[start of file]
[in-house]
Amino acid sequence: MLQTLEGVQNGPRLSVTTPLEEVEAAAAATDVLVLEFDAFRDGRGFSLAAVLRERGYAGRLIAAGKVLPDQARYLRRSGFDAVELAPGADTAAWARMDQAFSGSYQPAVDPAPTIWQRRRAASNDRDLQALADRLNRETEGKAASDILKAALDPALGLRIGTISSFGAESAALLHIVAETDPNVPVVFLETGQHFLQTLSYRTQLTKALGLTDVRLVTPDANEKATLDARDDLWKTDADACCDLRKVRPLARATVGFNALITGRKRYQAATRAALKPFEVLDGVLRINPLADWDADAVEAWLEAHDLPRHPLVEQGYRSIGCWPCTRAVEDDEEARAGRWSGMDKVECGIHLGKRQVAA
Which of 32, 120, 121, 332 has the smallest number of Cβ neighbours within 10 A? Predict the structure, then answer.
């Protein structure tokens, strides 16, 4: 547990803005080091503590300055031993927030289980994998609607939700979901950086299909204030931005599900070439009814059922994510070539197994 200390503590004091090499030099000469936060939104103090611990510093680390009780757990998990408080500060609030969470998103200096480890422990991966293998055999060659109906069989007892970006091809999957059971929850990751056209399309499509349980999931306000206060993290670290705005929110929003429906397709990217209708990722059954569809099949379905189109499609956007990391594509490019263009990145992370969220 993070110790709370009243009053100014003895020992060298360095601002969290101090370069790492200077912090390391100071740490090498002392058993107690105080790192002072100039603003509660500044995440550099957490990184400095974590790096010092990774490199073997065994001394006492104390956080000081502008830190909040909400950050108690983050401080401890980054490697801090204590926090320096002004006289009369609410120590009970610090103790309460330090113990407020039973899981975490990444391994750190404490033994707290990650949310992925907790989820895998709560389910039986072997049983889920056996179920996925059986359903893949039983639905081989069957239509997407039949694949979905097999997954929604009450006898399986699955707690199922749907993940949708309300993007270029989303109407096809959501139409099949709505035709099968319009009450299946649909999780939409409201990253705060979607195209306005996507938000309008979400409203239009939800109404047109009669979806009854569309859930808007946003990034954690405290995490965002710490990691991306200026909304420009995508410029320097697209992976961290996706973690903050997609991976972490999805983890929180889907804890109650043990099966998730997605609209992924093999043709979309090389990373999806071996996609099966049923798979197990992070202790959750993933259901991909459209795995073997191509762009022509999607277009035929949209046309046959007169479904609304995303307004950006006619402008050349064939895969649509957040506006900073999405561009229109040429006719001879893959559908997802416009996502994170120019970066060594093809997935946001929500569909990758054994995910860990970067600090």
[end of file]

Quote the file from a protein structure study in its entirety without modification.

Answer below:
[in-house]
Amino acid sequence: MLQTLEGVQNGPRLSVTTPLEEVEAAAAATDVLVLEFDAFRDGRGFSLAAVLRERGYAGRLIAAGKVLPDQARYLRRSGFDAVELAPGADTAAWARMDQAFSGSYQPAVDPAPTIWQRRRAASNDRDLQALADRLNRETEGKAASDILKAALDPALGLRIGTISSFGAESAALLHIVAETDPNVPVVFLETGQHFLQTLSYRTQLTKALGLTDVRLVTPDANEKATLDARDDLWKTDADACCDLRKVRPLARATVGFNALITGRKRYQAATRAALKPFEVLDGVLRINPLADWDADAVEAWLEAHDLPRHPLVEQGYRSIGCWPCTRAVEDDEEARAGRWSGMDKVECGIHLGKRQVAA
Which of 32, 120, 121, 332 has the smallest number of Cβ neighbours within 10 A? Predict the structure, then answer.
């Protein structure tokens, strides 16, 4: 547990803005080091503590300055031993927030289980994998609607939700979901950086299909204030931005599900070439009814059922994510070539197994 200390503590004091090499030099000469936060939104103090611990510093680390009780757990998990408080500060609030969470998103200096480890422990991966293998055999060659109906069989007892970006091809999957059971929850990751056209399309499509349980999931306000206060993290670290705005929110929003429906397709990217209708990722059954569809099949379905189109499609956007990391594509490019263009990145992370969220 993070110790709370009243009053100014003895020992060298360095601002969290101090370069790492200077912090390391100071740490090498002392058993107690105080790192002072100039603003509660500044995440550099957490990184400095974590790096010092990774490199073997065994001394006492104390956080000081502008830190909040909400950050108690983050401080401890980054490697801090204590926090320096002004006289009369609410120590009970610090103790309460330090113990407020039973899981975490990444391994750190404490033994707290990650949310992925907790989820895998709560389910039986072997049983889920056996179920996925059986359903893949039983639905081989069957239509997407039949694949979905097999997954929604009450006898399986699955707690199922749907993940949708309300993007270029989303109407096809959501139409099949709505035709099968319009009450299946649909999780939409409201990253705060979607195209306005996507938000309008979400409203239009939800109404047109009669979806009854569309859930808007946003990034954690405290995490965002710490990691991306200026909304420009995508410029320097697209992976961290996706973690903050997609991976972490999805983890929180889907804890109650043990099966998730997605609209992924093999043709979309090389990373999806071996996609099966049923798979197990992070202790959750993933259901991909459209795995073997191509762009022509999607277009035929949209046309046959007169479904609304995303307004950006006619402008050349064939895969649509957040506006900073999405561009229109040429006719001879893959559908997802416009996502994170120019970066060594093809997935946001929500569909990758054994995910860990970067600090």